Data Analytics: Things to be Mindful Of

Data Analytics: Things to be Mindful Of

Every fourth person I meet talks about big data and data analytics. In fact, we are in times where people are investing in big data and data analytics like never before. Yet, some of the questions that continue to haunt us are:

  1. Do we really need big data solution for the given problem?
  2. Is it being done, right?
  3. What problem are we solving really?

These questions majorly stem from the fact that most people from the top management aren’t seeing the expected outcome from their big data investments.

Who is to Blame? The Intent or the Content?

For starters, having terabytes of data doesn’t make a company eligible to consider investing in Big data, especially if the data isn’t good enough or detailed enough. You are as good as your data.


When data analytics doesn’t yield the expected returns, the first factor to look at is: the data itself. It can be overfit or underfit. Overfitting occurs when a statistical model or machine learning algorithm beings to capture the noise of the data. More specifically, overfitting occurs if the model or algorithm shows low bias but high variance. On the other hand, underfitting occurs when a statistical model or machine learning algorithm cannot capture the underlying trend of the data. It occurs when the model or algorithm shows low variance but high bias.

Data Decay is another key issue to look into. Sameer, in his blog post, brilliantly describes the issue and its mitigations. Hence, I would not delve deeper on that aspect.

Data Analytics: Now, The Analytical Part

If you have good data, analytics can do wonders for you. You can slice and dice the data and unearth some amazing insights from customer data and make your team rethink their current strategy. Recently, one of our customers were awestruck by the insights our platform deciphered about their cross-sell revenue across different countries. The point in contention is – always consider the larger picture, and break the process into logical steps, and connect the dots.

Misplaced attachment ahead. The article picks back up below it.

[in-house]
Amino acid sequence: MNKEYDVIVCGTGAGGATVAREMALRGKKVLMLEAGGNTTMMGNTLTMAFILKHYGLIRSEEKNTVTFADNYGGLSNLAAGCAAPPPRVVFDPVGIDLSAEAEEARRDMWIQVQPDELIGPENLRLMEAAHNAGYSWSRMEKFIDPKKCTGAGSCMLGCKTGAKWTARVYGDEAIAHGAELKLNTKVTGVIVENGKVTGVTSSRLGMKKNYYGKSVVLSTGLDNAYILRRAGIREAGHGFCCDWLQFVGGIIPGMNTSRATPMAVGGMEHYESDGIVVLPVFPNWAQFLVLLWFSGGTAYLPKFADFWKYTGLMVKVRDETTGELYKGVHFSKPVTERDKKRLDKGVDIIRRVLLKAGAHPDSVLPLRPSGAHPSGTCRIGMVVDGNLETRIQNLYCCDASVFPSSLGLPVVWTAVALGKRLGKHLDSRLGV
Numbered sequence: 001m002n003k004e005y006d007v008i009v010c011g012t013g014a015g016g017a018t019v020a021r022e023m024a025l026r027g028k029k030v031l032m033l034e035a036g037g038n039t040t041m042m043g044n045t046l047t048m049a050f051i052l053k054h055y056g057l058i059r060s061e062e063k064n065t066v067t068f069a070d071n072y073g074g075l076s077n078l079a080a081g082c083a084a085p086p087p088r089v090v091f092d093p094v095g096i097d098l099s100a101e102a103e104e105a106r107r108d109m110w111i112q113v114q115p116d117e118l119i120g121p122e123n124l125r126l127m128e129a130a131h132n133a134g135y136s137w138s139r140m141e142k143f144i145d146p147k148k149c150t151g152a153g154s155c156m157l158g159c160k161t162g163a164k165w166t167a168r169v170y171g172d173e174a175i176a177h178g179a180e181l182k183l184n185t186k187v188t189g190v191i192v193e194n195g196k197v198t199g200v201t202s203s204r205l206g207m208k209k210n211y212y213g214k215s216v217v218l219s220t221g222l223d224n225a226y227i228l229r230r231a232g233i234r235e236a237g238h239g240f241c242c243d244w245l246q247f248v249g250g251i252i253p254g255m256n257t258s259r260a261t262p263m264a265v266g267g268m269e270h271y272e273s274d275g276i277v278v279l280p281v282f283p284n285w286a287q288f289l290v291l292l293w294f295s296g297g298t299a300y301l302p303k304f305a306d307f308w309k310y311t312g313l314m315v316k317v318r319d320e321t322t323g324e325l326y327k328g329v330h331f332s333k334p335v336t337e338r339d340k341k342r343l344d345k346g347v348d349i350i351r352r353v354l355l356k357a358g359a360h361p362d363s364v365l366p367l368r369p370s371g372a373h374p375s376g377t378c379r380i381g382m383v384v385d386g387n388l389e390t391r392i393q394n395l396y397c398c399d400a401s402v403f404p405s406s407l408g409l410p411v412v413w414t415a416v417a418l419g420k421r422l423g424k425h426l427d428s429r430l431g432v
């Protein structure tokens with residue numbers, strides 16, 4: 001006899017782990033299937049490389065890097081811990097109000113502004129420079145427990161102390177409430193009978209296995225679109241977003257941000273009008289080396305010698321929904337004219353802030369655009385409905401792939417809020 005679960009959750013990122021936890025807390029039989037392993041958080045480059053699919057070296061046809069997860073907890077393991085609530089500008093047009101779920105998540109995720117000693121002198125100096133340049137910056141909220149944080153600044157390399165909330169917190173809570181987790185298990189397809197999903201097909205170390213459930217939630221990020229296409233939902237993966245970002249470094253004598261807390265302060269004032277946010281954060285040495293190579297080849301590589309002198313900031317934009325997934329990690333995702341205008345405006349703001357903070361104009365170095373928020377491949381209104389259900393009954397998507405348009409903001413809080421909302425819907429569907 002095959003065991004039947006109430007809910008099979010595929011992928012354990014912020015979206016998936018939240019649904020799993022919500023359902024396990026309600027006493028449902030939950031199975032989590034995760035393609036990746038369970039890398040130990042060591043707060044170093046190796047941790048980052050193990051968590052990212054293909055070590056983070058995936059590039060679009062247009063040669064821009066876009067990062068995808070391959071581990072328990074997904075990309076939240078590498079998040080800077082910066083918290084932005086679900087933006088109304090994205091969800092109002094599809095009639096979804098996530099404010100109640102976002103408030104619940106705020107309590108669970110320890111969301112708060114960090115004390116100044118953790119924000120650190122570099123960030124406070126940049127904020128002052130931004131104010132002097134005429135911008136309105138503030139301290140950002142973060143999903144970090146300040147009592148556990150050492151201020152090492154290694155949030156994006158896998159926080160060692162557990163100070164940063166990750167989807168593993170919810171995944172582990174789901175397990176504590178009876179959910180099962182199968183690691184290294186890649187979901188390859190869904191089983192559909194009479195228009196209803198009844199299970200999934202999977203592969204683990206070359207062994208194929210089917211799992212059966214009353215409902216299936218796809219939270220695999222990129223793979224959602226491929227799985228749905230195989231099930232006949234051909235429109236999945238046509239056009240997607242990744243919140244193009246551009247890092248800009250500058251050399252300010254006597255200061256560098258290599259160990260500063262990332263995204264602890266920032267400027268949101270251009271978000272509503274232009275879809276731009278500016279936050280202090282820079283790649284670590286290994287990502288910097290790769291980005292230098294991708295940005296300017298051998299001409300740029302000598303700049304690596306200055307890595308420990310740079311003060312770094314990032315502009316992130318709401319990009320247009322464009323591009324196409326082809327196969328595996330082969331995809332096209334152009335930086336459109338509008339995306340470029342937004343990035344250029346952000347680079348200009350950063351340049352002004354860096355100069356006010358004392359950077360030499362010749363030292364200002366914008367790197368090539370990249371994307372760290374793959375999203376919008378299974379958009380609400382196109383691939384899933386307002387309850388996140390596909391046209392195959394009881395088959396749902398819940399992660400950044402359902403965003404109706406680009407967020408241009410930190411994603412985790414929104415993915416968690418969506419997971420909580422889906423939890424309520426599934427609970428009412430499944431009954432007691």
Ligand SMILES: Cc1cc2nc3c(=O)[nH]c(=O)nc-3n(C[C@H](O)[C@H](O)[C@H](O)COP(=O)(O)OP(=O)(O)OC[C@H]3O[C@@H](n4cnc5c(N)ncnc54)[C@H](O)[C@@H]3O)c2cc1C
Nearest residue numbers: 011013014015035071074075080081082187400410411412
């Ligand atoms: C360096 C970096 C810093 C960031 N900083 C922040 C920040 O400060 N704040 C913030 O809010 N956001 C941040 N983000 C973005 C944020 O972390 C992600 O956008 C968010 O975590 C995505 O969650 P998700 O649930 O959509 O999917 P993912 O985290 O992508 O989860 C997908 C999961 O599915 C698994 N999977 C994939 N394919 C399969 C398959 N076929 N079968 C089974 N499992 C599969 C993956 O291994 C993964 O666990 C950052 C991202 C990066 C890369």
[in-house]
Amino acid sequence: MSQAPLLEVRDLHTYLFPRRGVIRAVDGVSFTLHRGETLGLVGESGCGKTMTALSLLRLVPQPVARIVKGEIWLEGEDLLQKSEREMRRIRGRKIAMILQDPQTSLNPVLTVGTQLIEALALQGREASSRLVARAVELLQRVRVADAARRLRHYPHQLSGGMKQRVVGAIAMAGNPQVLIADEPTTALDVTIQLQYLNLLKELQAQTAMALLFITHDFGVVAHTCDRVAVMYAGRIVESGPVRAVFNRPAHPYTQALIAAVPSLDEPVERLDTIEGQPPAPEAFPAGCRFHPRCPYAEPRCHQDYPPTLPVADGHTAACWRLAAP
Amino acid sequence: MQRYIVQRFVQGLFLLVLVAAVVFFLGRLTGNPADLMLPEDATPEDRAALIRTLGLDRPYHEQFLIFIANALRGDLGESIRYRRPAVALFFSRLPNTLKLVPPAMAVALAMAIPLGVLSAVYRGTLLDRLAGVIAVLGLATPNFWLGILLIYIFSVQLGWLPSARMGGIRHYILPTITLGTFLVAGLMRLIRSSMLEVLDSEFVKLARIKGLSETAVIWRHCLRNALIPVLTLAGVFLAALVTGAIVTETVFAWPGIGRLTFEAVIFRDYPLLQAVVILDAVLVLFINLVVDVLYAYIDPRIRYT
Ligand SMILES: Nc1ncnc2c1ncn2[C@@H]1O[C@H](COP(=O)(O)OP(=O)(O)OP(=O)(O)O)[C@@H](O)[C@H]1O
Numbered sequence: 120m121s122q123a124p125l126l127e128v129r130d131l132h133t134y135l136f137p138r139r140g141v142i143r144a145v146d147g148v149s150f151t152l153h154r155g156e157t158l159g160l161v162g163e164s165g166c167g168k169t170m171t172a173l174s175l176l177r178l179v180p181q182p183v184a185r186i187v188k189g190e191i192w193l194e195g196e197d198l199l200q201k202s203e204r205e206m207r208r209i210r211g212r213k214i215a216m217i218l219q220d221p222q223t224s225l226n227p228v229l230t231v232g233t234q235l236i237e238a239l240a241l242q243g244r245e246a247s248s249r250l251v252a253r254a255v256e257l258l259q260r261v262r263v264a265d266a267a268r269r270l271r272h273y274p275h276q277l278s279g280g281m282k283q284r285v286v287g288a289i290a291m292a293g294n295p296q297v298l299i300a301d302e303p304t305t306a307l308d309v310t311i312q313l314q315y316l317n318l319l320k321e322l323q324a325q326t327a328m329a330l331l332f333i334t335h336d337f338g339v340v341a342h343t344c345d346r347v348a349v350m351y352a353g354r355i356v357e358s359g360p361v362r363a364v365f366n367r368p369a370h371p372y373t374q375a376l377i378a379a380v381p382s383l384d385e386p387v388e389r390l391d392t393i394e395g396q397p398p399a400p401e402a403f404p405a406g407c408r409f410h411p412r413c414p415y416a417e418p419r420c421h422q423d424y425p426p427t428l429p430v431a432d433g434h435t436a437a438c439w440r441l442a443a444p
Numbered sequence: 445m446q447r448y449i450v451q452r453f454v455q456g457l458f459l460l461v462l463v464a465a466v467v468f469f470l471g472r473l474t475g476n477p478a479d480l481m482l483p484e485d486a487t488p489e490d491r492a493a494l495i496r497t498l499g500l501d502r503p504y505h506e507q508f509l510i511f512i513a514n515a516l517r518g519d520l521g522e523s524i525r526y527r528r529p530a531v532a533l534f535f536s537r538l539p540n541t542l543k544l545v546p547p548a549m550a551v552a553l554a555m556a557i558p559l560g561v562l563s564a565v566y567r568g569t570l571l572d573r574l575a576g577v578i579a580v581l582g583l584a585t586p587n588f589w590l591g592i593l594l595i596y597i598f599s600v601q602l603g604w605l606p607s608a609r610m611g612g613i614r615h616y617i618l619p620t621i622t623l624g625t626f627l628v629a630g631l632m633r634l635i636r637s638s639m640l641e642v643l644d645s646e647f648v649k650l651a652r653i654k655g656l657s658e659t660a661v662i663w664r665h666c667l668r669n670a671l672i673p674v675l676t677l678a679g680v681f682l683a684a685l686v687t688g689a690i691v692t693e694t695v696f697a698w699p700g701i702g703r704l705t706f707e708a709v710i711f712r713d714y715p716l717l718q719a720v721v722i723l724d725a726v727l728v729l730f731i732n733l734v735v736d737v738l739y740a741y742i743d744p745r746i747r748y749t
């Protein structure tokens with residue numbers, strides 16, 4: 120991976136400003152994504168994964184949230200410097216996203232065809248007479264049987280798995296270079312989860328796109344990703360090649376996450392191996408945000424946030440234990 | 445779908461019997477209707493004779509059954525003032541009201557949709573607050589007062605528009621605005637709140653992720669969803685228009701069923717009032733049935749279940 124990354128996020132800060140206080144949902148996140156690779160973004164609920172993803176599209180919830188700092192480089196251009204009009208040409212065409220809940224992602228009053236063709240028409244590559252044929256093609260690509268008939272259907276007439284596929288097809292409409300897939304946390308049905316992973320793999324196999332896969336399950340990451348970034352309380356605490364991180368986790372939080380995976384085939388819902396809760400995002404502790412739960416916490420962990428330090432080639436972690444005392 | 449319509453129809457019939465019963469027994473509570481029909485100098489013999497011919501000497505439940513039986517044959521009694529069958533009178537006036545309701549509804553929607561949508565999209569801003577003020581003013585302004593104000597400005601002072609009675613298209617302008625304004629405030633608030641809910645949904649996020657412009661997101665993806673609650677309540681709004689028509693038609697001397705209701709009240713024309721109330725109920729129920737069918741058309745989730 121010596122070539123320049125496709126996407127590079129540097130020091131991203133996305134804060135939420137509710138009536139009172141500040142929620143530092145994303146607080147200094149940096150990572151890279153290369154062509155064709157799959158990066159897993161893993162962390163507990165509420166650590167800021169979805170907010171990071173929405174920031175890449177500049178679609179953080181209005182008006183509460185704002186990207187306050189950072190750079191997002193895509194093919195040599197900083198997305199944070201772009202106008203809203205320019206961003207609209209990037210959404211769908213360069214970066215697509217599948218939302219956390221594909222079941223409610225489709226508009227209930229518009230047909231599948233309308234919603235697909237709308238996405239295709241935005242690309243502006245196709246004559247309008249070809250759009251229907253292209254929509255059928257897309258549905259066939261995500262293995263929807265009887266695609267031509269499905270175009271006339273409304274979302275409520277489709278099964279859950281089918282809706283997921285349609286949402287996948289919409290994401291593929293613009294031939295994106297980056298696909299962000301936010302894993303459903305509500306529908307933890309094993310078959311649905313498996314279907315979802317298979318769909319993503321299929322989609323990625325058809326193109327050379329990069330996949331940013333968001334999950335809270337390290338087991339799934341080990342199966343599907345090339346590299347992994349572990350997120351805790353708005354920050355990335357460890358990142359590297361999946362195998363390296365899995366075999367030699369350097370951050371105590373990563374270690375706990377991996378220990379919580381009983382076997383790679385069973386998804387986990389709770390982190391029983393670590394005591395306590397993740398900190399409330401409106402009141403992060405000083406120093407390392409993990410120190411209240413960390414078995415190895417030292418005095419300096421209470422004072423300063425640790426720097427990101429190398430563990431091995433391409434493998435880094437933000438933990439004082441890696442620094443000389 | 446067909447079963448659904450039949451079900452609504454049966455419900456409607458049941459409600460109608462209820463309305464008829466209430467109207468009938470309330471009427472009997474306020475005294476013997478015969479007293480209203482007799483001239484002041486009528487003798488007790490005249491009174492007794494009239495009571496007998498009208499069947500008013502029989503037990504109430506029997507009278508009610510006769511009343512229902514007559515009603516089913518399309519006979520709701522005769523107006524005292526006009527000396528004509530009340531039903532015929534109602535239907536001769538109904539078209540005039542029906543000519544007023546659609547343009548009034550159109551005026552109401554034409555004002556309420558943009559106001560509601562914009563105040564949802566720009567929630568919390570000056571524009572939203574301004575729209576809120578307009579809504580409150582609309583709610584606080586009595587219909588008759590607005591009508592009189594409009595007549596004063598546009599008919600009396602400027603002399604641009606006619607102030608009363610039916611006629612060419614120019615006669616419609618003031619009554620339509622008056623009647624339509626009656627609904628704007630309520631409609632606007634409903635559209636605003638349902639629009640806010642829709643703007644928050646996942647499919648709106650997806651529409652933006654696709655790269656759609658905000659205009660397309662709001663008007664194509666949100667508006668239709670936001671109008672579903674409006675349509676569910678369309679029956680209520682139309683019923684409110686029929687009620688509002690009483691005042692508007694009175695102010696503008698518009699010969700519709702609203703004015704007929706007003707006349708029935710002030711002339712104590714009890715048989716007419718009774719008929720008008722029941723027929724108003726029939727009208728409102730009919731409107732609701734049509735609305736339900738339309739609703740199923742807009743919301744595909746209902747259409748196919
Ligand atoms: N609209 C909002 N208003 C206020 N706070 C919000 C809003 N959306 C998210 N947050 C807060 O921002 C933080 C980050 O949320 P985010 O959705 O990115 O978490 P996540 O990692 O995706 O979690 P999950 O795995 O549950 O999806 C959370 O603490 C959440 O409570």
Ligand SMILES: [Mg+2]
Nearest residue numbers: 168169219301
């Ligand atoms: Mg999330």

For example, let us consider a retail / eCommerce scenario. Profiling large customer base into selected persona is an initial step for Ad recommendation / offering discounts etc. It is understandable that buying patterns of every user will be different. Hence, clustering the similar buying pattern will improve the Ad targeting and thereby the response rate.

The cluster differentiator signals could be anything from your location, the type of Operating System you are using to the detailed transaction history (buying patterns).

Let’s assume that we are looking to identify “Influential Buyers”. They typically care more about the longevity of the product than the brand, color or price. One of the key identifiers could be to check if the user has read all reviews about the product. When we do the analytics part (here clustering),it could lead us to some common problems like data source, data validations, data transformations and domain knowledge.

Exploring Further